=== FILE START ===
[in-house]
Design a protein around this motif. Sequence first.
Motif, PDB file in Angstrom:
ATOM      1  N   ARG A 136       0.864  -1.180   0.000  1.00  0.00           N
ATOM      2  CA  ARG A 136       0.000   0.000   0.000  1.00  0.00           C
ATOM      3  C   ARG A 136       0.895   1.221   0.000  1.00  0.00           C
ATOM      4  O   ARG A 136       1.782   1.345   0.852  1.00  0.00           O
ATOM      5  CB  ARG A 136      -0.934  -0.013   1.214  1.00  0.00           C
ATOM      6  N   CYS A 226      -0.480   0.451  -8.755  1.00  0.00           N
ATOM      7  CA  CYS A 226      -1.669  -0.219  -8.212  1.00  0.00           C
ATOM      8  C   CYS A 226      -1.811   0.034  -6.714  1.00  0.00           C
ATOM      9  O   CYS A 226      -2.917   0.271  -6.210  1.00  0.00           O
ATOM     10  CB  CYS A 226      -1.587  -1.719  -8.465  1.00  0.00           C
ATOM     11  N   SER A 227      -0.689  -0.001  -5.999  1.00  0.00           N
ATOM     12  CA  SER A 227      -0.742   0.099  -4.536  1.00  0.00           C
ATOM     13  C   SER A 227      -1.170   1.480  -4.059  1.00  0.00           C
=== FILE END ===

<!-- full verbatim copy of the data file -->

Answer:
[in-house]
Design a protein around this motif. Sequence first.
Motif, PDB file in Angstrom:
ATOM      1  N   ARG A 136       0.864  -1.180   0.000  1.00  0.00           N
ATOM      2  CA  ARG A 136       0.000   0.000   0.000  1.00  0.00           C
ATOM      3  C   ARG A 136       0.895   1.221   0.000  1.00  0.00           C
ATOM      4  O   ARG A 136       1.782   1.345   0.852  1.00  0.00           O
ATOM      5  CB  ARG A 136      -0.934  -0.013   1.214  1.00  0.00           C
ATOM      6  N   CYS A 226      -0.480   0.451  -8.755  1.00  0.00           N
ATOM      7  CA  CYS A 226      -1.669  -0.219  -8.212  1.00  0.00           C
ATOM      8  C   CYS A 226      -1.811   0.034  -6.714  1.00  0.00           C
ATOM      9  O   CYS A 226      -2.917   0.271  -6.210  1.00  0.00           O
ATOM     10  CB  CYS A 226      -1.587  -1.719  -8.465  1.00  0.00           C
ATOM     11  N   SER A 227      -0.689  -0.001  -5.999  1.00  0.00           N
ATOM     12  CA  SER A 227      -0.742   0.099  -4.536  1.00  0.00           C
ATOM     13  C   SER A 227      -1.170   1.480  -4.059  1.00  0.00           C